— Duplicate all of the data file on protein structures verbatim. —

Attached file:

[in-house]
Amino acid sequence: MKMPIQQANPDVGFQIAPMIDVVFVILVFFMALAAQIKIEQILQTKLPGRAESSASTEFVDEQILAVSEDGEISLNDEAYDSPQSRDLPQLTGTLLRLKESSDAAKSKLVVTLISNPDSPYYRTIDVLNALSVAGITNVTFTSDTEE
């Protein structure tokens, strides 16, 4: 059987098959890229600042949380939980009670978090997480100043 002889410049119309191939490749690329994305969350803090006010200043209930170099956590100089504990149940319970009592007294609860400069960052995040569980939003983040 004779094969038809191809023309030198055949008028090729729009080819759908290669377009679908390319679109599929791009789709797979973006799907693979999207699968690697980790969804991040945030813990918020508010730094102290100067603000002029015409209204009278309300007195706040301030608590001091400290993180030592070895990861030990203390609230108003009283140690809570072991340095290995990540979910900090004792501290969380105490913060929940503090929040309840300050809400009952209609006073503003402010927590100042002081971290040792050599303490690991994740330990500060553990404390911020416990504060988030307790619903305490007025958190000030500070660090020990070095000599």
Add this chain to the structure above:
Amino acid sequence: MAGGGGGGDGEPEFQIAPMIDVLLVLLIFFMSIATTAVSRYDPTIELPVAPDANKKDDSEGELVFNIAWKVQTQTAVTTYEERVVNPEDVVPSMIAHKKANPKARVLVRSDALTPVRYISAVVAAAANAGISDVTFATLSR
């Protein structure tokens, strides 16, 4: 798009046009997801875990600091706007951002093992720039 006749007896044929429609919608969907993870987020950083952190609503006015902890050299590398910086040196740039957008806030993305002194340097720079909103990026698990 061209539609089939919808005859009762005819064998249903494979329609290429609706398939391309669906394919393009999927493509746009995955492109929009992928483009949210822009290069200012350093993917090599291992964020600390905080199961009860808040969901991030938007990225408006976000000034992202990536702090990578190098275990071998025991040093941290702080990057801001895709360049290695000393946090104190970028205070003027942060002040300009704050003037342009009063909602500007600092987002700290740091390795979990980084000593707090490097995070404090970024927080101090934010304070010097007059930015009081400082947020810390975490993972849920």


[in-house]
Amino acid sequence: MKMPIQQANPDVGFQIAPMIDVVFVILVFFMALAAQIKIEQILQTKLPGRAESSASTEFVDEQILAVSEDGEISLNDEAYDSPQSRDLPQLTGTLLRLKESSDAAKSKLVVTLISNPDSPYYRTIDVLNALSVAGITNVTFTSDTEE
């Protein structure tokens, strides 16, 4: 059987098959890229600042949380939980009670978090997480100043 002889410049119309191939490749690329994305969350803090006010200043209930170099956590100089504990149940319970009592007294609860400069960052995040569980939003983040 004779094969038809191809023309030198055949008028090729729009080819759908290669377009679908390319679109599929791009789709797979973006799907693979999207699968690697980790969804991040945030813990918020508010730094102290100067603000002029015409209204009278309300007195706040301030608590001091400290993180030592070895990861030990203390609230108003009283140690809570072991340095290995990540979910900090004792501290969380105490913060929940503090929040309840300050809400009952209609006073503003402010927590100042002081971290040792050599303490690991994740330990500060553990404390911020416990504060988030307790619903305490007025958190000030500070660090020990070095000599």
Add this chain to the structure above:
Amino acid sequence: MAGGGGGGDGEPEFQIAPMIDVLLVLLIFFMSIATTAVSRYDPTIELPVAPDANKKDDSEGELVFNIAWKVQTQTAVTTYEERVVNPEDVVPSMIAHKKANPKARVLVRSDALTPVRYISAVVAAAANAGISDVTFATLSR
């Protein structure tokens, strides 16, 4: 798009046009997801875990600091706007951002093992720039 006749007896044929429609919608969907993870987020950083952190609503006015902890050299590398910086040196740039957008806030993305002194340097720079909103990026698990 061209539609089939919808005859009762005819064998249903494979329609290429609706398939391309669906394919393009999927493509746009995955492109929009992928483009949210822009290069200012350093993917090599291992964020600390905080199961009860808040969901991030938007990225408006976000000034992202990536702090990578190098275990071998025991040093941290702080990057801001895709360049290695000393946090104190970028205070003027942060002040300009704050003037342009009063909602500007600092987002700290740091390795979990980084000593707090490097995070404090970024927080101090934010304070010097007059930015009081400082947020810390975490993972849920």